Mental Health First Aiders – clarifying their role

Seeking support and self-care are vital if we want to look after our own mental health, to in turn support those experiencing mental ill health.

Before we delve into what to include in a MHFA role description we need to be clear what we mean:

  • It is not a job description.
  • It is not contractual or have any legal standing.
  • It simply provides clarity of expectations for both parties, for awareness and information.


Developing the role description
It will not (and shouldn’t be) a long complex document. Ideally it will be developed with input from both parties. I run sessions helping groups agree a role description that fits their organisation because there will be different things to consider and it is important it works well for you.

Remember the three elements from your training:

  • Using the ALGEE framework to hold conversations.
  • Raising awareness of mental health and ill health, and reducing the surrounding stigma.
  • Recognising and prioritising your own wellbeing.

In my experience, people tend to focus on the first – the actual MHFA intervention, and may not give the same attention to the other elements. Considering these parts how would you like to describe the purpose of the MHFAider in your organisation? If you had to summarise it in a single sentence, what would it say?

What can the MHFA expect from the organisation?
In this part we will think about what the organisation will commit to doing to support both the MHFAiders and the implementation of MHFA. Elements you might want to consider include:

  • How MHFA fits into a wider strategic approach to wellbeing – the role description and policy should explain this.
  • Who has ultimate ownership for MHFA, ideally the most senior person in the organisation to evidence commitment.
  • What the organisation will be doing to increase understanding of mental health and illness, to help normalise conversations and reduce the surrounding stigma.
  • Any wider awareness training for all employees, and specific training for managers so they fill equipped to support their teams.
  • What will be available to support the MHFAiders including networking opportunities, sharing ideas and debriefing. See our blog on Supporting MHFAiders.
  • A commitment to enable Mental Health First Aiders to maintain their skills with regular refresher training.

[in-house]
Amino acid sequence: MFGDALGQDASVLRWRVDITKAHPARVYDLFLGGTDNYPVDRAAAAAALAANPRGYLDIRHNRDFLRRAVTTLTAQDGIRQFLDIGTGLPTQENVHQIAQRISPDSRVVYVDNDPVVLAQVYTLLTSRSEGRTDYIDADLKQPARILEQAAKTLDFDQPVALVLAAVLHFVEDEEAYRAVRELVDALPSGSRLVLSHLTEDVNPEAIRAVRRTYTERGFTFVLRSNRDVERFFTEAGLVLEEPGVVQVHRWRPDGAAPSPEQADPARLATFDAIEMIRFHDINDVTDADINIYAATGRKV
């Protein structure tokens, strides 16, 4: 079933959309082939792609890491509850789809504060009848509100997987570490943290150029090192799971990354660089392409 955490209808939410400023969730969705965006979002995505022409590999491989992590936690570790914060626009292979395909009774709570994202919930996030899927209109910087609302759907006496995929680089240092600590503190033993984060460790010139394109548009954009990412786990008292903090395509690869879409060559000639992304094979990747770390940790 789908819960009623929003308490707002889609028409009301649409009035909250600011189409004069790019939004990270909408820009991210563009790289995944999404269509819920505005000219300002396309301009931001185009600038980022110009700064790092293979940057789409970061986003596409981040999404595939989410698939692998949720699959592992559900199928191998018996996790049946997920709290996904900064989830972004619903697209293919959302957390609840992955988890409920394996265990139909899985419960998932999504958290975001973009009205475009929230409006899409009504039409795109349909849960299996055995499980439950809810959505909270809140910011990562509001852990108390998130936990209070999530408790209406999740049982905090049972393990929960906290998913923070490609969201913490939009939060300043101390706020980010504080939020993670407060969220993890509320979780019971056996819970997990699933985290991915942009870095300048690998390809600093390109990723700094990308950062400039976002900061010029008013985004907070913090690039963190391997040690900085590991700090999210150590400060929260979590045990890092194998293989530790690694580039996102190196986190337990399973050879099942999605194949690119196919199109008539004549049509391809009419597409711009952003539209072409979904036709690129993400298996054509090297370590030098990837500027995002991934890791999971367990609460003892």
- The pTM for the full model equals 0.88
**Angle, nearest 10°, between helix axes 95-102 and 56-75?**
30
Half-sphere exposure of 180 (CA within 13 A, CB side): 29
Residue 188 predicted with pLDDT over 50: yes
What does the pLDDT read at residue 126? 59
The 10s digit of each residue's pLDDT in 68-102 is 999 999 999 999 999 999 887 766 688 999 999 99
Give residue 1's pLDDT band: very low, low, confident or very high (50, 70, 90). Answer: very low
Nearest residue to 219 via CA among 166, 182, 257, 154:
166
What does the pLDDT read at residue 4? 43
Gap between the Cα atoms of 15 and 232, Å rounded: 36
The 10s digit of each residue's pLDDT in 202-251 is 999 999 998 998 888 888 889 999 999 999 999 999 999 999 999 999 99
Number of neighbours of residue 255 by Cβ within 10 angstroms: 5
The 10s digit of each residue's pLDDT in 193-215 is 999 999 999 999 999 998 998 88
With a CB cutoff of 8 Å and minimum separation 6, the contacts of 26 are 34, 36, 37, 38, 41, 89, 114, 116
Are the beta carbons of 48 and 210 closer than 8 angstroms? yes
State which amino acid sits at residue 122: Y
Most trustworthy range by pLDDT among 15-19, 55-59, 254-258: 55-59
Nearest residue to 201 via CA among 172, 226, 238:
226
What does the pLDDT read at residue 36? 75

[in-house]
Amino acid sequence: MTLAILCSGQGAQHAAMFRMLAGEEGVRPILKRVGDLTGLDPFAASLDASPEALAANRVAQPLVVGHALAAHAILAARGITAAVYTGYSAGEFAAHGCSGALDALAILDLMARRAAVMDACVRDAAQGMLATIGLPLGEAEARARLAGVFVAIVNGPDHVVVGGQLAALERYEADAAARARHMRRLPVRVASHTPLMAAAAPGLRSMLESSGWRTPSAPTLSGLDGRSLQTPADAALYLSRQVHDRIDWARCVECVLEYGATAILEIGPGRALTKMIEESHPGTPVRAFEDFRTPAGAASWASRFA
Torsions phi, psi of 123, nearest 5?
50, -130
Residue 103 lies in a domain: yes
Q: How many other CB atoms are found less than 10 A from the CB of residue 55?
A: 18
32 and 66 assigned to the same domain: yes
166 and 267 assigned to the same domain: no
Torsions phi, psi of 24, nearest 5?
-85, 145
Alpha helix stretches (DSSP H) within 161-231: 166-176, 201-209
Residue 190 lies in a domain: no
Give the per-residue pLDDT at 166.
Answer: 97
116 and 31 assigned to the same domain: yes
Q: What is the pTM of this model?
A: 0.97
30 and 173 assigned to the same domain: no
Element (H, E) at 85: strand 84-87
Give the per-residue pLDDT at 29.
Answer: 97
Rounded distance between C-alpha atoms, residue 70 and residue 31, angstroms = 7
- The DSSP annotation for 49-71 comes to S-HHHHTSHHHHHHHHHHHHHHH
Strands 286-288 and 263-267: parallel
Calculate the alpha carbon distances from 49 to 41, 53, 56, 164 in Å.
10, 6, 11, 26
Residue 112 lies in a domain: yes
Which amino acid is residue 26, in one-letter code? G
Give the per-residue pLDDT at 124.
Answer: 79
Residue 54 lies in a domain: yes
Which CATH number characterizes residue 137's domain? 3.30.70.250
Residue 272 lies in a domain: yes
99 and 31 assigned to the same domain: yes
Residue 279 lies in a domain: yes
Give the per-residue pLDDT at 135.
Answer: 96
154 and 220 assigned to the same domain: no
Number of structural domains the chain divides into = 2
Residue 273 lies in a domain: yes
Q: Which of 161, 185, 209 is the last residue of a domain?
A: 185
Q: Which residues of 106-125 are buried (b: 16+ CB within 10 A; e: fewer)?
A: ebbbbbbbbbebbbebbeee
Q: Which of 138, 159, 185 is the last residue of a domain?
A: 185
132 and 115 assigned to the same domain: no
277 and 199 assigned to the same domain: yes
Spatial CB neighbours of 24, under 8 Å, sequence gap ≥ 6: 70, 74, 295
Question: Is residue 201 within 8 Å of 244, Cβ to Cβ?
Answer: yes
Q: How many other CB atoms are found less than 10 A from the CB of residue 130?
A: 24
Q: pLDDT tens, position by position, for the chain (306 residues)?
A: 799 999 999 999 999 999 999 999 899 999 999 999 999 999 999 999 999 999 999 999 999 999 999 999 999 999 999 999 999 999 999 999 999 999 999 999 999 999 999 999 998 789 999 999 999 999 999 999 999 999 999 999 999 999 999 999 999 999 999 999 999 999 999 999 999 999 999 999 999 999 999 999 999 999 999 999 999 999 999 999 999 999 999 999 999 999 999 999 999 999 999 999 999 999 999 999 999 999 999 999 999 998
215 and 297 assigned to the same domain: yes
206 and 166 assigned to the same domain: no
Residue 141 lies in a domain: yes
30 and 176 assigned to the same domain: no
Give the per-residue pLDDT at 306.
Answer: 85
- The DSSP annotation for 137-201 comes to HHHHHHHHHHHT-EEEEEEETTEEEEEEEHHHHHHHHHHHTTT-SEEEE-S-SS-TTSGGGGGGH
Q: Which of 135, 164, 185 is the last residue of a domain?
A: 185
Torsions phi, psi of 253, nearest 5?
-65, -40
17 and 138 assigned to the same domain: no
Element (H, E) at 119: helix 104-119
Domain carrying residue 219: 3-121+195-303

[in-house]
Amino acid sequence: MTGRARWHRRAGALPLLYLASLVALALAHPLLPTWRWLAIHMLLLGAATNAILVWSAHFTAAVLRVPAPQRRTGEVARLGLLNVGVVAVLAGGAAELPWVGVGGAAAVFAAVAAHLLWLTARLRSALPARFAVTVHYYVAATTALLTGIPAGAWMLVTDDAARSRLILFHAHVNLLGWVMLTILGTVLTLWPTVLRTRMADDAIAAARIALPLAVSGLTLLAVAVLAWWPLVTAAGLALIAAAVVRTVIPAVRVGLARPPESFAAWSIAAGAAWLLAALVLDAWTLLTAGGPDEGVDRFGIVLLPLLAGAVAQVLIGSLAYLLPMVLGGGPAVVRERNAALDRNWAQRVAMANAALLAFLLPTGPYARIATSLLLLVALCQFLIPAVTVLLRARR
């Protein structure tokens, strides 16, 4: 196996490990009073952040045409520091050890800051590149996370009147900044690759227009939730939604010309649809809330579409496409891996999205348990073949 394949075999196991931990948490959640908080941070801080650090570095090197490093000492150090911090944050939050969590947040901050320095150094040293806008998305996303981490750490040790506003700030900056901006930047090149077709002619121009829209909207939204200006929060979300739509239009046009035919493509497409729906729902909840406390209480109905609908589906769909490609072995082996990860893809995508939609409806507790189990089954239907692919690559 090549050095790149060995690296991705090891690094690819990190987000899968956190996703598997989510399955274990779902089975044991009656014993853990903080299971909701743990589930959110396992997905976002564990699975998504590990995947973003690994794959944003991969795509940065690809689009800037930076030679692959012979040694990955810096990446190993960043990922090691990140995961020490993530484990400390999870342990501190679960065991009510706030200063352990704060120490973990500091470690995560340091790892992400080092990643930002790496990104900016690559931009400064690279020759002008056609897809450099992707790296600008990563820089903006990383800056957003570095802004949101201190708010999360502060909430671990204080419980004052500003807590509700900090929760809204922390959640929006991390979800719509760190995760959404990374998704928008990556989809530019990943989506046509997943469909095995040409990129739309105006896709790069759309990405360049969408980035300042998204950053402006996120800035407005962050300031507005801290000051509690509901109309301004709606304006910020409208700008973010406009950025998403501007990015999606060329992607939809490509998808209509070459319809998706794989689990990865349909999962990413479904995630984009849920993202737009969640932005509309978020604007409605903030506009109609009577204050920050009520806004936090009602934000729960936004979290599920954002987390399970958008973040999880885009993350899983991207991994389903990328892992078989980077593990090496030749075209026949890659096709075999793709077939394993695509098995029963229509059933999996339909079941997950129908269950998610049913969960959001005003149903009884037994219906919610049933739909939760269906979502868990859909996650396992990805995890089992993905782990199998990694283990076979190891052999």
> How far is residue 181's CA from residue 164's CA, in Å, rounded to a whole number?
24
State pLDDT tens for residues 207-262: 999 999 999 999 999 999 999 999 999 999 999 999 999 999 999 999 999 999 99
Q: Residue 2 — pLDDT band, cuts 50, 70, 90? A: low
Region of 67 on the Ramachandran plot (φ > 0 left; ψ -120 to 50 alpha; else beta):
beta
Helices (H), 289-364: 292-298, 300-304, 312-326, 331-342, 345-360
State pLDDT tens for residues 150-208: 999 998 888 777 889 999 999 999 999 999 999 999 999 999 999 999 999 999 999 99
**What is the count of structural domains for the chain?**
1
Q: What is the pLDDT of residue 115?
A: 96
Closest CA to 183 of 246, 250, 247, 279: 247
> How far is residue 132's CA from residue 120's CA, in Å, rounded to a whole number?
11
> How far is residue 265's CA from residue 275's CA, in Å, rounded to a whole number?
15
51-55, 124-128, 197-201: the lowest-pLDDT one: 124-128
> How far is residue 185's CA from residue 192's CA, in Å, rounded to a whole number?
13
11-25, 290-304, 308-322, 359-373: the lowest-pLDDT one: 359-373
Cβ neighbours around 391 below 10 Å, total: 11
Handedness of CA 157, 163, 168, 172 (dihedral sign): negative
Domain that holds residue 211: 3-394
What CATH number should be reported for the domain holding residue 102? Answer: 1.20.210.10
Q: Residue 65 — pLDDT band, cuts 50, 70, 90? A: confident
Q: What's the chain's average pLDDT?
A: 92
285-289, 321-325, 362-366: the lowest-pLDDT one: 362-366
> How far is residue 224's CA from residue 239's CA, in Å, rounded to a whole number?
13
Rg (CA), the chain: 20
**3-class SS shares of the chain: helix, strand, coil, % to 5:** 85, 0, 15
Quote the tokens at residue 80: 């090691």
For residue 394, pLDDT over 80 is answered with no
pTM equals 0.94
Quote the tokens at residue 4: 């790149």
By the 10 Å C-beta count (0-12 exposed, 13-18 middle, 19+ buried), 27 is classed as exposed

• The internal escalation process if a MHFAider has reason to believe an employee is at risk of harming themselves or others.
  • A commitment that managers will support and enable MHFAiders to carry out their role alongside their main role.
  • What will be happening to communicate to the wider organisation what MHFA means, who you are, explain the role, and the process for contacting people.
  • How to deal with conflicts between roles i.e., if a manager is a MHFAider, when speaking is it a formal conversation with the associated responsibilities to support and make adjustments, and when is it a separate conversation specifically about mental health. The same applies to those within HR.
  • Developing and promoting clear referral or assistance pathways so Mental Health First Aiders can signpost effectively, for example to an EAP.
  • How to measure impact, this may include:
    • Number of people accessing EAP or other organisational assistance programmes of support.
    • Rate of sickness absence and return to work – ideally tracked both before and after MHFA training has been introduced. This will also help in demonstrating a return on investment.
    • Number of people who feel comfortable talking to their line manager about their mental health.
    • Number of MHFAiders who feel they have been using their skills, either formally or informally.


What can the organisation expect from you? 

  • A commitment to make personal wellbeing the top priority, including stepping away from the role if too much going on.
  • To be ambassadors for raising awareness about mental ill health and in turn working to reduce stigma.
  • To maintain confidentiality, with the exception of communicating concerns about the mental health of anyone in your workplace to the appropriate person, if you believe they are at risk of harming themselves or others.
  • Creating appropriate boundaries around the role, including not becoming involved in ongoing practical support.
  • Maintaining and refreshing your skills to provide the best support to colleagues.
  • To provide support to each other and seek out support for yourself following a difficult conversation.
  • Record conversations to collate data, confidentially, for wider organisation use if required.

Bringing it all together
When you have collated the ideas for each element :

– Purpose
– What we can expect from you
– What you can expect from us

Bring them together into a simple document, using language that is fairly informal and collaborative in tone so it embraces the intention of the document to set out how you will work together to achieve the agreed purpose that will benefit those within the organisation and the organisation itself.

Contact us for details

To find out more about delivering mental health training in your organisation, or sessions to support your Mental Health First Aiders please get in touch on 01202 612 326 or contact us here.


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